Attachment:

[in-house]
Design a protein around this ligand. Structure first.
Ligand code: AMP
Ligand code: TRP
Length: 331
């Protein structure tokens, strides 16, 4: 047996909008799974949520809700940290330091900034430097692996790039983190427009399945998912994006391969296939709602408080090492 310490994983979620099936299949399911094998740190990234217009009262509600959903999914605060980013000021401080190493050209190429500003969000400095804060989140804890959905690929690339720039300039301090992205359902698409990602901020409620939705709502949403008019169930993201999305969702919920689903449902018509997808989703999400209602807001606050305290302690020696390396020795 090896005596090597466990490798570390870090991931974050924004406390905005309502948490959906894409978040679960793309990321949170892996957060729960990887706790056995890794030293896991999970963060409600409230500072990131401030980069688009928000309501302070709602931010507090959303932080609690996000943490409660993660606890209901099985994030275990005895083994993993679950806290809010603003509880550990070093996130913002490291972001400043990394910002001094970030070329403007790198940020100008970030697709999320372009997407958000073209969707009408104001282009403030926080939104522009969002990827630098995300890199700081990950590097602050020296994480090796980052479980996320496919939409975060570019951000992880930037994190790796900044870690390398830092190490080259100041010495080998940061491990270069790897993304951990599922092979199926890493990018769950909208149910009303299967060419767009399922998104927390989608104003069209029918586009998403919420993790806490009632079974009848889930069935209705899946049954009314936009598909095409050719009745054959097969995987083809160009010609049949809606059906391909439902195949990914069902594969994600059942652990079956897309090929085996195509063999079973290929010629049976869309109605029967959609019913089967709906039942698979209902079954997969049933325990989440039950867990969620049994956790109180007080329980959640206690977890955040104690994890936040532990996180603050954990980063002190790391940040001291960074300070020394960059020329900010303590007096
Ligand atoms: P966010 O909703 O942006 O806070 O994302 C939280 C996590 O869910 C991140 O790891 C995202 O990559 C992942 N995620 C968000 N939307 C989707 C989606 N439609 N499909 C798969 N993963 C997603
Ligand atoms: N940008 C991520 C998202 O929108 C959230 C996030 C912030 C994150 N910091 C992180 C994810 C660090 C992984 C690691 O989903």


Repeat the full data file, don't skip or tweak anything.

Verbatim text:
[in-house]
Design a protein around this ligand. Structure first.
Ligand code: AMP
Ligand code: TRP
Length: 331
């Protein structure tokens, strides 16, 4: 047996909008799974949520809700940290330091900034430097692996790039983190427009399945998912994006391969296939709602408080090492 310490994983979620099936299949399911094998740190990234217009009262509600959903999914605060980013000021401080190493050209190429500003969000400095804060989140804890959905690929690339720039300039301090992205359902698409990602901020409620939705709502949403008019169930993201999305969702919920689903449902018509997808989703999400209602807001606050305290302690020696390396020795 090896005596090597466990490798570390870090991931974050924004406390905005309502948490959906894409978040679960793309990321949170892996957060729960990887706790056995890794030293896991999970963060409600409230500072990131401030980069688009928000309501302070709602931010507090959303932080609690996000943490409660993660606890209901099985994030275990005895083994993993679950806290809010603003509880550990070093996130913002490291972001400043990394910002001094970030070329403007790198940020100008970030697709999320372009997407958000073209969707009408104001282009403030926080939104522009969002990827630098995300890199700081990950590097602050020296994480090796980052479980996320496919939409975060570019951000992880930037994190790796900044870690390398830092190490080259100041010495080998940061491990270069790897993304951990599922092979199926890493990018769950909208149910009303299967060419767009399922998104927390989608104003069209029918586009998403919420993790806490009632079974009848889930069935209705899946049954009314936009598909095409050719009745054959097969995987083809160009010609049949809606059906391909439902195949990914069902594969994600059942652990079956897309090929085996195509063999079973290929010629049976869309109605029967959609019913089967709906039942698979209902079954997969049933325990989440039950867990969620049994956790109180007080329980959640206690977890955040104690994890936040532990996180603050954990980063002190790391940040001291960074300070020394960059020329900010303590007096
Ligand atoms: P966010 O909703 O942006 O806070 O994302 C939280 C996590 O869910 C991140 O790891 C995202 O990559 C992942 N995620 C968000 N939307 C989707 C989606 N439609 N499909 C798969 N993963 C997603
Ligand atoms: N940008 C991520 C998202 O929108 C959230 C996030 C912030 C994150 N910091 C992180 C994810 C660090 C992984 C690691 O989903």